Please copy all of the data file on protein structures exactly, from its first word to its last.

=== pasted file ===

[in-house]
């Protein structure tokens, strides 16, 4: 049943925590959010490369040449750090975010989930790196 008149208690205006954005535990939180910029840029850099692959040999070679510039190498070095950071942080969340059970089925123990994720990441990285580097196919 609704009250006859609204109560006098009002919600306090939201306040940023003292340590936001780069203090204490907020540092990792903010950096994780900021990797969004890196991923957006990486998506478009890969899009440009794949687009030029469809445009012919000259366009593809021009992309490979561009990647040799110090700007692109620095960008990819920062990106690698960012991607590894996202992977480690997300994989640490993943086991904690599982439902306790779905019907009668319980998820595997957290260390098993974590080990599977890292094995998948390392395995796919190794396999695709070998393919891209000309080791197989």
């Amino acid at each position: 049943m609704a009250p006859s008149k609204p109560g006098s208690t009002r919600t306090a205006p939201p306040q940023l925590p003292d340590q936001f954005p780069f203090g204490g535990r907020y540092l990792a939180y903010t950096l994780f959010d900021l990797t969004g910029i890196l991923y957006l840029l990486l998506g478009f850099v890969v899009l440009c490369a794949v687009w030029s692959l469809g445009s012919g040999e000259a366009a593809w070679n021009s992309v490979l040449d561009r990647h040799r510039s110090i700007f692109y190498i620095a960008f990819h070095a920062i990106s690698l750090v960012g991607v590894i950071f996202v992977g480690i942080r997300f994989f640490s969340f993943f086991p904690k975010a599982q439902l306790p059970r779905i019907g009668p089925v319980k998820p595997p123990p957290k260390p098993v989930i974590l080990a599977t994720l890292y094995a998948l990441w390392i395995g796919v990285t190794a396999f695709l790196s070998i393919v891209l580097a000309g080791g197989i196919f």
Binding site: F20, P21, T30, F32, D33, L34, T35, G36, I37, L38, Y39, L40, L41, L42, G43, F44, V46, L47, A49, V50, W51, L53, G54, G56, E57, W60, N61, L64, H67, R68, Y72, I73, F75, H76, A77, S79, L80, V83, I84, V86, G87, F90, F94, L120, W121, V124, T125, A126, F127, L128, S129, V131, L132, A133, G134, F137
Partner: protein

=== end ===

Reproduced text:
[in-house]
């Protein structure tokens, strides 16, 4: 049943925590959010490369040449750090975010989930790196 008149208690205006954005535990939180910029840029850099692959040999070679510039190498070095950071942080969340059970089925123990994720990441990285580097196919 609704009250006859609204109560006098009002919600306090939201306040940023003292340590936001780069203090204490907020540092990792903010950096994780900021990797969004890196991923957006990486998506478009890969899009440009794949687009030029469809445009012919000259366009593809021009992309490979561009990647040799110090700007692109620095960008990819920062990106690698960012991607590894996202992977480690997300994989640490993943086991904690599982439902306790779905019907009668319980998820595997957290260390098993974590080990599977890292094995998948390392395995796919190794396999695709070998393919891209000309080791197989």
């Amino acid at each position: 049943m609704a009250p006859s008149k609204p109560g006098s208690t009002r919600t306090a205006p939201p306040q940023l925590p003292d340590q936001f954005p780069f203090g204490g535990r907020y540092l990792a939180y903010t950096l994780f959010d900021l990797t969004g910029i890196l991923y957006l840029l990486l998506g478009f850099v890969v899009l440009c490369a794949v687009w030029s692959l469809g445009s012919g040999e000259a366009a593809w070679n021009s992309v490979l040449d561009r990647h040799r510039s110090i700007f692109y190498i620095a960008f990819h070095a920062i990106s690698l750090v960012g991607v590894i950071f996202v992977g480690i942080r997300f994989f640490s969340f993943f086991p904690k975010a599982q439902l306790p059970r779905i019907g009668p089925v319980k998820p595997p123990p957290k260390p098993v989930i974590l080990a599977t994720l890292y094995a998948l990441w390392i395995g796919v990285t190794a396999f695709l790196s070998i393919v891209l580097a000309g080791g197989i196919f």
Binding site: F20, P21, T30, F32, D33, L34, T35, G36, I37, L38, Y39, L40, L41, L42, G43, F44, V46, L47, A49, V50, W51, L53, G54, G56, E57, W60, N61, L64, H67, R68, Y72, I73, F75, H76, A77, S79, L80, V83, I84, V86, G87, F90, F94, L120, W121, V124, T125, A126, F127, L128, S129, V131, L132, A133, G134, F137
Partner: protein